Thursday, 24 June 2021

Tree farmer who’s already thinking about Christmas

Tree farmer who’s already thinking about Christmas

A CHRISTMAS tree farm near Watlington is getting ready for its busiest time of the year by planting 17,500 new saplings.

Andrew Ingram, who runs the Tree Barn in Christmas Common, has been growing trees for 50 years and they sell in their thousands in the run-up to the festive season.

His wife Jane is responsible for their seasonal shop, which stocks all kinds of tree decorations, including baubles, trinkets, garlands and tinsel.

The farm has about 70,000 trees, which have to be shaped twice a year, in spring and autumn.

Mr Ingram, 73, said: “We planted new trees at the beginning of April and each of them is taken care of to make sure it has the perfect shape.

“It takes a long time to get the perfect Christmas trees ready. A lot of work goes into them all year round.

“The perfect Christmas tree has to have a nice triangular shape, a beautiful dark green colour and needs to be quite dense.

“We do a lot of work to make them look exactly how the public expects them to look as a Christmas tree doesn’t grow like that naturally.”

The Tree Barn supplies hotels and offices in Henley and London and colleges at the University of Oxford.

It also provides the Nordmann fir that is erected in Henley market place each year and supplied the 10 Downing Street Christmas tree in 2011, 2013 and 2015.

Mr Ingram began planting Christmas trees in 1971. He said: “This used to be a conventional farm but milk demand dropped and I had to sell the cows in 1980.

“I had to find something to replace the cattle and I started by planting about 3,000 trees per year.

“I took a gamble and was very lucky. I found that we have the ideal soil and that we don’t get heavy frost which could damage them.

“We had an immediate market and after a while I changed variety. Initially we grew the Norway spruce, the traditional English Christmas tree, but this variety drops its needles really quickly, so we switched to the Nordmann fir, which is now the most popular.”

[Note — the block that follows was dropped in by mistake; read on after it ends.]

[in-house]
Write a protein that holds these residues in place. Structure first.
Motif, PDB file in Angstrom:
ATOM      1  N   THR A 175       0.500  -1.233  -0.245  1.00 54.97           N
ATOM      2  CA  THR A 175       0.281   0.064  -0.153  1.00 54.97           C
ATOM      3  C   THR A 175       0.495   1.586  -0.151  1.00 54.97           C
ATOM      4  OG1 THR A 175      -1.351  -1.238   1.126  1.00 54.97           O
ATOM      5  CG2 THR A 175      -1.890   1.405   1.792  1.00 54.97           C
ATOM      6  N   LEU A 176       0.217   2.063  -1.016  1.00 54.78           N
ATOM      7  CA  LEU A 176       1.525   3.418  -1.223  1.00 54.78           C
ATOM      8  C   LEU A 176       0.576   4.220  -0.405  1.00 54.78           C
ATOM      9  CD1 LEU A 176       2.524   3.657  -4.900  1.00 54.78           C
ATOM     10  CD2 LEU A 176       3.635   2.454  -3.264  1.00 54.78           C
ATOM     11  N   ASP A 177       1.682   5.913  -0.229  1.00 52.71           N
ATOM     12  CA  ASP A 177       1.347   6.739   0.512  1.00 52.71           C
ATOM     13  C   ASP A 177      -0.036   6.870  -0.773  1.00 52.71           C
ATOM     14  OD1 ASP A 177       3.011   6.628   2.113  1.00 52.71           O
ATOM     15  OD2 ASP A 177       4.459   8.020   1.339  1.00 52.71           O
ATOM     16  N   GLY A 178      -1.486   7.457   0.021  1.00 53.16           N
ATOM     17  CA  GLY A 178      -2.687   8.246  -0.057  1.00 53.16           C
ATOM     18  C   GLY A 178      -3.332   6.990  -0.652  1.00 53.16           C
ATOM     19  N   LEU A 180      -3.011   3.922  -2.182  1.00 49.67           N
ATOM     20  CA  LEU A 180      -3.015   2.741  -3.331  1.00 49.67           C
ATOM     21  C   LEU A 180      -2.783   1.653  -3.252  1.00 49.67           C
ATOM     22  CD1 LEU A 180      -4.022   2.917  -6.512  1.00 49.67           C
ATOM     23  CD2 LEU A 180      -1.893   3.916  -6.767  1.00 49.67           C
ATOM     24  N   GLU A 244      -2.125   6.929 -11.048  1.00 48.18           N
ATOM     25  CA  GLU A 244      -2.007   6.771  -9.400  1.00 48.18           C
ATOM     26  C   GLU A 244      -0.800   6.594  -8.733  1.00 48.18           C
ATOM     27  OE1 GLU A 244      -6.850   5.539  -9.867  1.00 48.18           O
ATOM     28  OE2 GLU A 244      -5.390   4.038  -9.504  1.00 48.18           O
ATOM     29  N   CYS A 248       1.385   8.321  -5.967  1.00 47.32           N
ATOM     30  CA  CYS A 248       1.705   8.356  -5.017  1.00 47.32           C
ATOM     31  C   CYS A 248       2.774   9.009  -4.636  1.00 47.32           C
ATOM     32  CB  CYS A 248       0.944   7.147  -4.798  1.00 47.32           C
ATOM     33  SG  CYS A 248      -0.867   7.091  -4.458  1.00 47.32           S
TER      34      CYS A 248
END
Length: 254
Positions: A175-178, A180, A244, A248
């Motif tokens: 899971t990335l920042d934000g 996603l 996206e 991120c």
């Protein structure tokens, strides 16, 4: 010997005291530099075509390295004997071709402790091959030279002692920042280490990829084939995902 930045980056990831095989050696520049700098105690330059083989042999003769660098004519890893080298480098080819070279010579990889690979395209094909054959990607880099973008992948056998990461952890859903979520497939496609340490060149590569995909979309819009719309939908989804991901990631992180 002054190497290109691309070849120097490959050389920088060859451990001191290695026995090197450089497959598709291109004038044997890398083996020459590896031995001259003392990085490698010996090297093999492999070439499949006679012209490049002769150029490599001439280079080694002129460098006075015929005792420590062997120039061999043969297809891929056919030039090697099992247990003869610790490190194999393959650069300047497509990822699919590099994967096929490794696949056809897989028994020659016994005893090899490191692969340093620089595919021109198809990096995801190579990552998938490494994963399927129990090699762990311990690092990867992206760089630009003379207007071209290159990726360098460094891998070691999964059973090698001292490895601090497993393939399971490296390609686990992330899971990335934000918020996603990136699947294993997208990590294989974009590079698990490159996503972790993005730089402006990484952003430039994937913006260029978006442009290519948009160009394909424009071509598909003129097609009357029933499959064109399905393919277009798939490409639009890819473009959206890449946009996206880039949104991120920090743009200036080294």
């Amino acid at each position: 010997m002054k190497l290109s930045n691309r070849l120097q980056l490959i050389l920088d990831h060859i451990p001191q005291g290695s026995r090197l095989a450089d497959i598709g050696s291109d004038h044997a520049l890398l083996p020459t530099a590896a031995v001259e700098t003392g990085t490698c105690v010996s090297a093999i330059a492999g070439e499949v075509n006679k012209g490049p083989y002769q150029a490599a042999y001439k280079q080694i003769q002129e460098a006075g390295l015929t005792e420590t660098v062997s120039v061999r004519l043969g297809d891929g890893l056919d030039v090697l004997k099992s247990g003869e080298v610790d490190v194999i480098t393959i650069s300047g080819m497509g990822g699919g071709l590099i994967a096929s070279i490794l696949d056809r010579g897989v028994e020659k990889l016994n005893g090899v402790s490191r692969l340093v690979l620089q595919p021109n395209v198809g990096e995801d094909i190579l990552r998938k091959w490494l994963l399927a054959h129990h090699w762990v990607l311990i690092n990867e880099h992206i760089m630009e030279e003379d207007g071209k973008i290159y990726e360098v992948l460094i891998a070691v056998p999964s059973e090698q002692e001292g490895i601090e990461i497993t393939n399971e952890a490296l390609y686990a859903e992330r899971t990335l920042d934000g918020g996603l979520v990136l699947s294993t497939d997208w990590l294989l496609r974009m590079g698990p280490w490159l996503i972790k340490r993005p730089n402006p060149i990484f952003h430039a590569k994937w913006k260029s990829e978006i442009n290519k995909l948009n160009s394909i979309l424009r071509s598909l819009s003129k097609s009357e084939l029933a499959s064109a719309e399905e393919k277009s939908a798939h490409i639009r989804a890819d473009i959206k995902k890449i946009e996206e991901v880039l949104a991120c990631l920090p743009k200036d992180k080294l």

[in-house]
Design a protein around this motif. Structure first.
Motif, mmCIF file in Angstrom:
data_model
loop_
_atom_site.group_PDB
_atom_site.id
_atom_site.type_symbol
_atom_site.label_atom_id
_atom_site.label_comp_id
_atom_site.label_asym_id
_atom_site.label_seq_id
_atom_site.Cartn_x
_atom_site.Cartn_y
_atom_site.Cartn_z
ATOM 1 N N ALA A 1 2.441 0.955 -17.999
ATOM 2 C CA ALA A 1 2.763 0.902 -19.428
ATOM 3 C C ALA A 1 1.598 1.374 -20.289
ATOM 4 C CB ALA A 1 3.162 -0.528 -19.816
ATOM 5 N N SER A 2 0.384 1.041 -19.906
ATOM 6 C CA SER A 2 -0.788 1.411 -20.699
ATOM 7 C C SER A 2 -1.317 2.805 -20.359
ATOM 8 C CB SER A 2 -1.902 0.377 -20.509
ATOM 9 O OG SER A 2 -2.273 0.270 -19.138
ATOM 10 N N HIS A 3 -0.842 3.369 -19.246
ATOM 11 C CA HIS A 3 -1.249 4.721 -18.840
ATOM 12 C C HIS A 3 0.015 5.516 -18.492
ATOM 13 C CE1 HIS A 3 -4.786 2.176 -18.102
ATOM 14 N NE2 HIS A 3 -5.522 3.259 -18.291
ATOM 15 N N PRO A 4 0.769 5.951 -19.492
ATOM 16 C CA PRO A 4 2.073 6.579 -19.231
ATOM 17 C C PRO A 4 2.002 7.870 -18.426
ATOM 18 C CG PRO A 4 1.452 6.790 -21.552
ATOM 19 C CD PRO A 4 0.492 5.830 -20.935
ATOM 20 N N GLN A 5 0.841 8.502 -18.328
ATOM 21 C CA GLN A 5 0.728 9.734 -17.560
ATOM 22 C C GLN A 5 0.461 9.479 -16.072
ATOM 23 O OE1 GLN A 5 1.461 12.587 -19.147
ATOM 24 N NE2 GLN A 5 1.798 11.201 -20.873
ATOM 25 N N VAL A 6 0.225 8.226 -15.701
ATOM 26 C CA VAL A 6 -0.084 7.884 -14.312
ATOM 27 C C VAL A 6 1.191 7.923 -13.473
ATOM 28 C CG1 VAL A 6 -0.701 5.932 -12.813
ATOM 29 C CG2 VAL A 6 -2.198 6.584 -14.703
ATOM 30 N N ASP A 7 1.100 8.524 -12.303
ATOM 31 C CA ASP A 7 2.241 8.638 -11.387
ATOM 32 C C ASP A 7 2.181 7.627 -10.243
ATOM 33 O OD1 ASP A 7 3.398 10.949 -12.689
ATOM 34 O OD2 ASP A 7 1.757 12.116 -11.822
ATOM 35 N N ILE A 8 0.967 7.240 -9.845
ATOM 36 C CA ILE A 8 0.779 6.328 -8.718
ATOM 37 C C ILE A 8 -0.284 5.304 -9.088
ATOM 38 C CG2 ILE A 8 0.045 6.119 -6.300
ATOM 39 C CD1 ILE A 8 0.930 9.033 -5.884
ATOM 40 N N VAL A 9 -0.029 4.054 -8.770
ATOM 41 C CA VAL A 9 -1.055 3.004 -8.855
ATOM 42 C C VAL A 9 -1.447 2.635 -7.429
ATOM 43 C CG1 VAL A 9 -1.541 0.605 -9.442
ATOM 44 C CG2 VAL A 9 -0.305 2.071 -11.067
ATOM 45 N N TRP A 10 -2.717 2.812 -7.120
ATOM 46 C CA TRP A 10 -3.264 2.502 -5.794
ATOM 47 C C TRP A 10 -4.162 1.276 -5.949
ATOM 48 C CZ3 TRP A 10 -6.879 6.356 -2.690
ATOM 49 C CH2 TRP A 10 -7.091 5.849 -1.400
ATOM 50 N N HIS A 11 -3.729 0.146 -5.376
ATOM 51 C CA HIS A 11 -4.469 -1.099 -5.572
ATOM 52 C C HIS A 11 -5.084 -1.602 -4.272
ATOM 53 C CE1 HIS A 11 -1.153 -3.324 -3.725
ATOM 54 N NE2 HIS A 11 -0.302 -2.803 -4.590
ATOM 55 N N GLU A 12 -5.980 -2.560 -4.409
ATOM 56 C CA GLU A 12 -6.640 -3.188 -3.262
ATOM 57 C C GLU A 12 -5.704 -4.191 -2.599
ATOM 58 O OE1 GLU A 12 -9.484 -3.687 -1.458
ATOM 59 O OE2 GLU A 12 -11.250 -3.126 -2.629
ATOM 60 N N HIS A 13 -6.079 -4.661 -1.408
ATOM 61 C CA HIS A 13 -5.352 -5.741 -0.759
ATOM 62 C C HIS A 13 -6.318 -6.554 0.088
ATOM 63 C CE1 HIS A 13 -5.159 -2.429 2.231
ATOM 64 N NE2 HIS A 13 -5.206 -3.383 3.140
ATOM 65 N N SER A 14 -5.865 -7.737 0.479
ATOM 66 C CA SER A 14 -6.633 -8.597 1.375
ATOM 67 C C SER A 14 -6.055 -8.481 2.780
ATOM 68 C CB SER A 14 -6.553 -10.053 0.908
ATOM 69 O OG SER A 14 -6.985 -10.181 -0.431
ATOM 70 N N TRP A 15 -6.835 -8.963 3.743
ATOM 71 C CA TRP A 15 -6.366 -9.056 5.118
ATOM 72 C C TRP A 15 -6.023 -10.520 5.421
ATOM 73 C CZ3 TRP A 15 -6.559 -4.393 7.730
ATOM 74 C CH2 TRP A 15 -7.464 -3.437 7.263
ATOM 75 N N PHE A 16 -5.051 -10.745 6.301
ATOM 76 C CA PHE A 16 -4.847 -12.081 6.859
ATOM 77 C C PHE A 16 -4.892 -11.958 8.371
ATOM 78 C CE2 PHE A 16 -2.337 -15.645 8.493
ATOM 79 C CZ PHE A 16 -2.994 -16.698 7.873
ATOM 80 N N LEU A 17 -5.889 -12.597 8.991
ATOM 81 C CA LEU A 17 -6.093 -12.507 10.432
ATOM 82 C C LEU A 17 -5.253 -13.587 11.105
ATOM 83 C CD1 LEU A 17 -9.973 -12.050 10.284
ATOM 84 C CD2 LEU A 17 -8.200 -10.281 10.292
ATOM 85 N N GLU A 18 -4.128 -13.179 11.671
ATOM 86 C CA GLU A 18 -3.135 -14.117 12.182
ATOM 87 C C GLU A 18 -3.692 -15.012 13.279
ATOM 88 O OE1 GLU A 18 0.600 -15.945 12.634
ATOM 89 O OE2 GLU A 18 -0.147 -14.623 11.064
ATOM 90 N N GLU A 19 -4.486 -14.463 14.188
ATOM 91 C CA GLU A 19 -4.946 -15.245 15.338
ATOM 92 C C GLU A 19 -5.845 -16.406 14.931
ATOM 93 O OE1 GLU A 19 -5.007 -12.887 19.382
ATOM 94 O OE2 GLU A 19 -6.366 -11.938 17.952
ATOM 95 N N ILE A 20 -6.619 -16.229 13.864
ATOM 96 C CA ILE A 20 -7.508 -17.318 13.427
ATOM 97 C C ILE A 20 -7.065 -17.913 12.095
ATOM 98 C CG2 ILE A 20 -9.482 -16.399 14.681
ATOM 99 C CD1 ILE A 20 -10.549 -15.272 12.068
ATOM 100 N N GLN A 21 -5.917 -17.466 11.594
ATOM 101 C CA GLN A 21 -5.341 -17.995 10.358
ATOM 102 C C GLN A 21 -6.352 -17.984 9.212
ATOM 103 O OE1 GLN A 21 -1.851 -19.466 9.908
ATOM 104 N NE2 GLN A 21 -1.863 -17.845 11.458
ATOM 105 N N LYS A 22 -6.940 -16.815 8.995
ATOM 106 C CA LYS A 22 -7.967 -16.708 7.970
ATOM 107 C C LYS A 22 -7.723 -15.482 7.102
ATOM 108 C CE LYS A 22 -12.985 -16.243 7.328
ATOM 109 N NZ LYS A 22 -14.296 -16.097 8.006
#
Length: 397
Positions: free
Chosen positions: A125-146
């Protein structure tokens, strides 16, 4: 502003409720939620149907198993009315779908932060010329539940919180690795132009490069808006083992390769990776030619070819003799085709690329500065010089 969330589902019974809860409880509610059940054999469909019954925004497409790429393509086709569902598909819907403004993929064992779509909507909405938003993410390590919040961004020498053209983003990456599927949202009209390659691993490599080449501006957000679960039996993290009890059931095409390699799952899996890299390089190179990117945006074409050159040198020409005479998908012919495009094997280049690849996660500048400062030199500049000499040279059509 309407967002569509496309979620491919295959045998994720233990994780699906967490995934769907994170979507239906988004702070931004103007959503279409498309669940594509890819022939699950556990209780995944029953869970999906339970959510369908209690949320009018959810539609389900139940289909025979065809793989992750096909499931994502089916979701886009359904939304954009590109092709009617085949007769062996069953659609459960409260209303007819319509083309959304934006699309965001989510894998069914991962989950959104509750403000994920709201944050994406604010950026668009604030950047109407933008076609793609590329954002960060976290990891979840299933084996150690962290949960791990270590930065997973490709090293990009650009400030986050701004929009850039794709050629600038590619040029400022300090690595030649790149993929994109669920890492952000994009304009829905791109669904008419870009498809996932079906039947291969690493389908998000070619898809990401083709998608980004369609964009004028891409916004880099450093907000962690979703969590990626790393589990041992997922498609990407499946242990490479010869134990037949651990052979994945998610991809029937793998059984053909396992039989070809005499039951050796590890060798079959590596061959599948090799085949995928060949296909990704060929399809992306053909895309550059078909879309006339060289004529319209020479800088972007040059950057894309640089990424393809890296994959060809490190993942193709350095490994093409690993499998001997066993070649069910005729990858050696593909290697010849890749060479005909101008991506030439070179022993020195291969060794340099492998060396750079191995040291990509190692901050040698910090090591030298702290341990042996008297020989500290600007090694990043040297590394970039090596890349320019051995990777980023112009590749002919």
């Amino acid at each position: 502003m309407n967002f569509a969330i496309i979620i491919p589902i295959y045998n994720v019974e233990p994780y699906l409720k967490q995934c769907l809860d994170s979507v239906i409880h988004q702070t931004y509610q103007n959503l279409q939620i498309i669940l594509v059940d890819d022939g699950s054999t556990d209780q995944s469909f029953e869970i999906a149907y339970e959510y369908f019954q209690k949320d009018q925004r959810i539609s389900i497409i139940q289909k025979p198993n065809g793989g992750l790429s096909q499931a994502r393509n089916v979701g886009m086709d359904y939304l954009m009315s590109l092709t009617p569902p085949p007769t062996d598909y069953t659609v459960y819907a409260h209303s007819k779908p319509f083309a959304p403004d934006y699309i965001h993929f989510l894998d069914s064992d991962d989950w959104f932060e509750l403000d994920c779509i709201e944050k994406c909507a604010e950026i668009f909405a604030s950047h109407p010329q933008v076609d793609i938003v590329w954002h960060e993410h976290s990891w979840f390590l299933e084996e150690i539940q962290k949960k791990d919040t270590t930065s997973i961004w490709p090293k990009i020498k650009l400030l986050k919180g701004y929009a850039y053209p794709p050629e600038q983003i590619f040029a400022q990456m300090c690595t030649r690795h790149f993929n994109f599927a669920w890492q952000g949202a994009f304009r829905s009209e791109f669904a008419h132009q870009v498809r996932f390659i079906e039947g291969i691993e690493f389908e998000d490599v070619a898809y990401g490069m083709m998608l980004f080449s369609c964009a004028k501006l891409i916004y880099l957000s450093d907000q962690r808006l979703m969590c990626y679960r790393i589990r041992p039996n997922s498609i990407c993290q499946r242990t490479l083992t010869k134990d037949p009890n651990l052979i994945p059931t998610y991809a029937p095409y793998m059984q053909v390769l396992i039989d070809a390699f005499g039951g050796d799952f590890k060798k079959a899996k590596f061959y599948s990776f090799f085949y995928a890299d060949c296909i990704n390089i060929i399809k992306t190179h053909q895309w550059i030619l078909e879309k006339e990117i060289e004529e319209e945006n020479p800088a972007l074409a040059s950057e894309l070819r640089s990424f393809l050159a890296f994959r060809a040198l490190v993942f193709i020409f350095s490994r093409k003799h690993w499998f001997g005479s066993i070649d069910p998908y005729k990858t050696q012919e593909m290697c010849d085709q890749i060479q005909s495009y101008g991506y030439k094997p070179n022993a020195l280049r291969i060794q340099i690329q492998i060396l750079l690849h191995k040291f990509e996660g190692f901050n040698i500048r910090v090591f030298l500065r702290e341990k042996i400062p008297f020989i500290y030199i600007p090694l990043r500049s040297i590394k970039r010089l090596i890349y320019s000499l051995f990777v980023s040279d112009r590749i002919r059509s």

The farm now grows five different varieties of trees. Seventy per cent are Nordmann firs, while 10 per cent are Norway spruces and 10 per cent are Lasiocarpa, which have a slightly blue tone.

The remaining 10 per cent are equal numbers of lodge pole pines and Serbian spruces. Mr Ingram uses a satellite-guided tractor to ensure the trees are planted in perfect straight lines exactly 1.2m apart.

He said: “Now we just need some rain.”

A team of three people takes care of the trees during the spring and the Tree Barn employs eight more people from the beginning of October up until Christmas.

Mrs Ingram, 61, has been managing the shop for two decades.

She said: “With Andrew selling the trees, it made sense for me to focus on the decorations and more and more people were asking for it.

“It seems to have grown without us realising, I thought I could do it part-time but it took over my life.”

She usually buys new stock at trade fairs but this year has been buying it all online as the fairs were cancelled because of the coronavirus pandemic.

Mrs Ingram said: “Usually, I’d have gone to my first fair in January and then to Frankfurt and three or four days in Birmingham but obviously I haven’t been able to do that.

“I’ve been doing this for 20 years, so I know what to look for, but it’s hard to choose decorations when you’re not able to physically see them.

“I have the luxury of time, which regular garden centres don’t really have, and can just concentrate on getting us ready for Christmas.”

The new stock will start to arrive in September. Mrs Ingram will then arrange the shop displays in October in readiness for opening in November.

She said: “We’re only open for two months a year, so it’s quite intense and we really want to get it right.

“It’s lovely to see people coming back every year and to see that a trip to the Tree Barn has become part of their family tradition.”

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